"No." "Yes." "No." "Yes." "No." "Yes."
"Are you frightened?" I asked, hoping this would shame him into going.
"No, I am a soldier,” answered the guide, “but I am responsible for you."
"Don't worry,” I said, “I will take responsibility." This empty promise always seems to work.
Finally the guide suggested that we approach the elephants from behind so as not to frighten them. We left the main path and entered the thick jungle, trying to find a safe way to the elephants.
Using machetes to forge a path, we marched on. The foliage was so thick that it was impossible to see for more than a few meters in any direction. The sounds seem to be coming from further and further away, and then complete silence.
"The elephants must have gone away," said the guide.
I wanted to continue searching for the elephants but the guide told me that it was dangerous to be out at night. “It's time to head to the village to eat and and sleep”, he said.
Hunter and Guide weren't certain how to get to the village but finally agreed that the narrow path on our right led back to the main path, that we left to find the elephants. From there they knew the way.
Again, we began hiking and much to our surprise, we
found ourselves on the bank of a river instead of on the main path. My guide
reached into his bag and brought out a GPS and a map. Very impressive! But even in the
The experts decided that we need to look for a high place to sleep. I never found out why this was important, but I accepted their decision. We lit a fire, ate some nuts and candy bars. When we lay down to sleep we heard growling, shrieking, screeching, hooting, every imaginable animal sound. It was scary!
We survived the night. Guide and Hunter finally agree on a direction and off we went. We marched at a fast pace, carrying all our equipment. By our bottled water was gone. Guide showed us how to cut meter long sections from thick vines and drink the fresh water that flows out. When we couldn't find the right kind of vines my student companion and I drank river water to which we added iodine pills. These gave the water a disgusting taste -- perhaps the bad taste keeps people from drinking a deadly amount. Guide and Hunter, acclimated to the local germs, microbes, protozoa and bugs drank straight from the river.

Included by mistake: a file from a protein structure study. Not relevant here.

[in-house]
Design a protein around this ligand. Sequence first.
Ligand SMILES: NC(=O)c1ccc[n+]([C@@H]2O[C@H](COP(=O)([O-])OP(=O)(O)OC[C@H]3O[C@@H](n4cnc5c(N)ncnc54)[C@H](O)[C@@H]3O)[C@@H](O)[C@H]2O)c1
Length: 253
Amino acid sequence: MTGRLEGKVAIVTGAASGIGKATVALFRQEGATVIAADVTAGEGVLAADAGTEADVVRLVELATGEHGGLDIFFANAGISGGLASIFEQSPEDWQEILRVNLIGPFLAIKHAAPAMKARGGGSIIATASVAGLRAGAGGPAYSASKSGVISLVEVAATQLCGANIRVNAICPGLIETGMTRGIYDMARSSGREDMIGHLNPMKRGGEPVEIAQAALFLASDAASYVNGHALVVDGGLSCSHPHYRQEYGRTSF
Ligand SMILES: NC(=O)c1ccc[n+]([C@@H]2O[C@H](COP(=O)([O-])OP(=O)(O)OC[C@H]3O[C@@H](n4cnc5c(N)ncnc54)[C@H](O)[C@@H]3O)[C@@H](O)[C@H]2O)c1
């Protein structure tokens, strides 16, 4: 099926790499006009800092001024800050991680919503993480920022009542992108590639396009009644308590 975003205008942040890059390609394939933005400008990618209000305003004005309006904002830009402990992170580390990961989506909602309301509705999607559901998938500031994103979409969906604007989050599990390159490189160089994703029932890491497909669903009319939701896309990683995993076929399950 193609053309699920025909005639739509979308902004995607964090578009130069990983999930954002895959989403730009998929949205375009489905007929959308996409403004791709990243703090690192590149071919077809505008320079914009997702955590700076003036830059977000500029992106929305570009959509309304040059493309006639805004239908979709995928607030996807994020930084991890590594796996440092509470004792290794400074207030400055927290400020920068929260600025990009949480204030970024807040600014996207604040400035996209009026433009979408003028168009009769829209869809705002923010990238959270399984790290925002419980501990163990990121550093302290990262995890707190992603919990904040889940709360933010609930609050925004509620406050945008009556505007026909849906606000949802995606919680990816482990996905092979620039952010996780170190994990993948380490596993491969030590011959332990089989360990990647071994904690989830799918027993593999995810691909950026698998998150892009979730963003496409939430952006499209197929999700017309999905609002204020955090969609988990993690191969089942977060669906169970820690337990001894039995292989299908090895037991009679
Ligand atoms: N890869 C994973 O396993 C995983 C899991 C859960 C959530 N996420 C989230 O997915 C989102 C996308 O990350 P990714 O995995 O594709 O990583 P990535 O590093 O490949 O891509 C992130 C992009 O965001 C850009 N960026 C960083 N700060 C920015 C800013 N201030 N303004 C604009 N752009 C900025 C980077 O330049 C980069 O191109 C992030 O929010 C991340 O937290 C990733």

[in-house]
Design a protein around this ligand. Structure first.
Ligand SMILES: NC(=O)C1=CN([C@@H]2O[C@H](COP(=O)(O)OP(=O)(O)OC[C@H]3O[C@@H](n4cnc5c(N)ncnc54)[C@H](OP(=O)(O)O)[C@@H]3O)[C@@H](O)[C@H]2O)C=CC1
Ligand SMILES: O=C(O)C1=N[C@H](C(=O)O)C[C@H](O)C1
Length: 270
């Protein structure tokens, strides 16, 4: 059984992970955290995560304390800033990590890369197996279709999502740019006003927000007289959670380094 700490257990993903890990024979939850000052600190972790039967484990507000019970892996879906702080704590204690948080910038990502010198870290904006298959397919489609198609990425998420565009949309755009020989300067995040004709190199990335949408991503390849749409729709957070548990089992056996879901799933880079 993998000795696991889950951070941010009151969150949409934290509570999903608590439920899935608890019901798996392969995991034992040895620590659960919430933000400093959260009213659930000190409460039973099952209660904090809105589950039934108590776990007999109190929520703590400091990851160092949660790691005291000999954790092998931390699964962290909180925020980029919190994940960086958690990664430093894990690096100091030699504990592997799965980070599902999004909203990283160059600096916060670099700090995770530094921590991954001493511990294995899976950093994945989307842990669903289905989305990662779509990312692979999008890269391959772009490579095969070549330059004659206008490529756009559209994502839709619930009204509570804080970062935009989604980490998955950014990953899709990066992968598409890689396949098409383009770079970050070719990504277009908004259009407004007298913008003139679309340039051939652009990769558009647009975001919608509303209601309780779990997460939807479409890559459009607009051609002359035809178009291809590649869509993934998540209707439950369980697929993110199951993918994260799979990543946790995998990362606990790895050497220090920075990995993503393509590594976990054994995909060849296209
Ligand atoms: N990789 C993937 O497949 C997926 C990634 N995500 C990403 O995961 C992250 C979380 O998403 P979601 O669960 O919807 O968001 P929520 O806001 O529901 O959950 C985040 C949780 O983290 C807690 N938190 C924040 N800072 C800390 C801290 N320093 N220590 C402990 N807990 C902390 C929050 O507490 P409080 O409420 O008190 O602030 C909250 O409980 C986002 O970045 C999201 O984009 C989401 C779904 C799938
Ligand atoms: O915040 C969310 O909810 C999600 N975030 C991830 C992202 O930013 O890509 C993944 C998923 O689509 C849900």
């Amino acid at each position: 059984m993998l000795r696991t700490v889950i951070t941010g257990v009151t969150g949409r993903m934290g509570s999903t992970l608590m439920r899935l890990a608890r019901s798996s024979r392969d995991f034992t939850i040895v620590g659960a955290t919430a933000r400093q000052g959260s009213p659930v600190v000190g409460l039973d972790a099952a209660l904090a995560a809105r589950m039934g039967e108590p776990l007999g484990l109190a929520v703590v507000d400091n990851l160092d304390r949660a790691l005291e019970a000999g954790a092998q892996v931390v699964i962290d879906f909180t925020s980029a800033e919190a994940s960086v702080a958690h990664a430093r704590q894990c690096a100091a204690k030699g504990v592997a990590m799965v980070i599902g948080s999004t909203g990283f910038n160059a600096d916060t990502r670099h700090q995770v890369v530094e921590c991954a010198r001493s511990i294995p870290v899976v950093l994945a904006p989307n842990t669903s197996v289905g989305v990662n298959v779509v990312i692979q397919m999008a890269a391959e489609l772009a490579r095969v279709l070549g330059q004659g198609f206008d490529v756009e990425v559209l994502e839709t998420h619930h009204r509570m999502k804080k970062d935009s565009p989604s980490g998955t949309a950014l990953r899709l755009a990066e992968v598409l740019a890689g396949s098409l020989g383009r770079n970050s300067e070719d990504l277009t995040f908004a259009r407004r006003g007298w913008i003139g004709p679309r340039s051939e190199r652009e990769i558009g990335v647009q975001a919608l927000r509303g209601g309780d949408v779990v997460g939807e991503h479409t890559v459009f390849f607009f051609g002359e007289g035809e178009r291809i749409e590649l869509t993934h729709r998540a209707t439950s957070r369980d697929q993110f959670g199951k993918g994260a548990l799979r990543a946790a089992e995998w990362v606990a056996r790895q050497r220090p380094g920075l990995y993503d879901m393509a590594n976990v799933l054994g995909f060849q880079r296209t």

By this time the food we brought with us was almost gone and we found very few trees with edible fruit. But I was not worried. Our team seemed to know what direction to take -- just over that hill, just around that bend, just past that creek. And then it was evening.
Once again we looked for a high place to camp and light a fire. We lay down to sleep feeling less exuberant than the previous night.
In the morning Guide and Hunter proposed a new plan. If we can get to a big river (there are many rivers and tributaries nearby) we might find someone to take us downstream on his boat and out of the jungle. We might even find an abandoned boat. We began our hike. By we arrived at a wide waterway and sat down, hoping to see someone pass by. Not a living soul.
After waiting a few hours Hunter became impatient and said that he would go off on his own to try to find someone with a boat. The rest of us remained, hungry and silent. A few hours later Hunter returned dripping wet. It seems that the locals who use the river sometime leave canoes lying around. He had found one upriver but it sank on the way back to us. Now, not only are we lost but the canoe owner might be very angry with us.